T: “Let’s put that down on the map. Then can you remember how you were feeling at the time?”
Moves to identify the emotion. For some people, this is very difficult and the therapist needs to work through behaviours and thoughts several times, or provide prompts for the type of emotion being experienced.

C: “Guilt! I knew I should be going, but I just didn’t feel up to it.”

T: “So you felt guilt then – any other feeling? What about when you though you would be too tired today?”
Simple reflection, but working through the superficial emotion to a deeper emotion more relevant to the thought the client had.

C: “I suppose I felt quite down then”

T: “So you felt quite down. What does that feel like in your body?”
Simple reflection. Links this with physical/behavioural changes in the body, drawing together the link between thoughts, emotions and pain.

C: “Heaviness in my chest, and my back feels so stiff and sore”

T: “What did you do then?”

C: “I carried on with the housework, but I went quite slowly and was grumpy all day. It was a bad day.”

T: “So, what else was going on that day?”

C: “The kids were being awful and shut in, and all I wanted was a bit of peace and quiet”

T: “Sounds like a real challenge to keep it together when all these things stack up – how did you manage before your back was sore?”
Slightly more complex reflection, elicits previous positive coping strategy. Therapist would draw on the map that the kids were influencing the situation too, also the client’s thought that ‘all she wanted was a bit of peace and quiet’

C: “I would have packed them up and headed out to the park to give them a breather, and myself a break.”

T: “Am I reading you right that getting out is a good thing when you’re feeling a bit stressed?”
Further reflection, this time extending it to include the concept of responses to stress – this could be explored further in another session. What are her typical responses to stress, what situations stress her, how does stress manifest itself in her body, how does pain and exercise influence stress. At this stage the therapist could simply record ‘stress’ on the map, with an arrow pointing to the event ‘going for a walk’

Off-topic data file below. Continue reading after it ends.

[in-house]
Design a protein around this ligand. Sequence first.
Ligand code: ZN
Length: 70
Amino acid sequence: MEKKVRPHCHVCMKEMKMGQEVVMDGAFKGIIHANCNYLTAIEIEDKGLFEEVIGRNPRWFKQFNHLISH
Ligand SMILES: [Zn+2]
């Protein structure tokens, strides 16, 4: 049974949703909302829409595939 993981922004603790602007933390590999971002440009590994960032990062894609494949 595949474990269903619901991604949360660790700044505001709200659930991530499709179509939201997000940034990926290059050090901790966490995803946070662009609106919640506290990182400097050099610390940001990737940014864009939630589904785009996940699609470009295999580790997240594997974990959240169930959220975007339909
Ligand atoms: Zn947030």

C: “Yup. My back just gets in the way so much”

T: “So it seems that on a horrible day, when the kids are acting up and you’re feeling a bit sore and down, you’d usually get out and about and take a break, but you thought on that day that you would be too tired to do that. Have I got it right?”
A longer reflection, which could almost be called ‘a bouquet’ – gathering together all the relevant pieces of information, summarising and asking whether the therapist has heard it correctly.

C: “Yes, that’s about it”

T: “On the one hand you felt too sore and tired to do anything much, but on the other hand you had a whole day when the kids were acting up AND you were sore and now you feel guilty for not exercising! Where does that leave you?”
Therapist starts to develop ambivalence about the situation, and ensures responsibility for working a way through this rests with the client.

C: “Stuck!”

T: “What are some of your options on a day like that?”
By asking the client for options, the therapist demonstrates faith in the clients own abilities, builds on the client’s strengths and preferences, while helping the client remain focused on achieving both of her valued activities – being a good parent who can keep her cool, and getting a bit fitter despite her pain.

At this point, the therapist is opening up the opportunity for the client to start problem solving ways to achieve both exercise goals and being a good parent.

I hope you’ve enjoyed this wee piece of how I might have worked through a situation where someone hasn’t followed through with home learning – it’s a very common situation, but allows us a chance to work through the factors that will probably influence lapses or relapses once the client leaves us.
More tomorrow!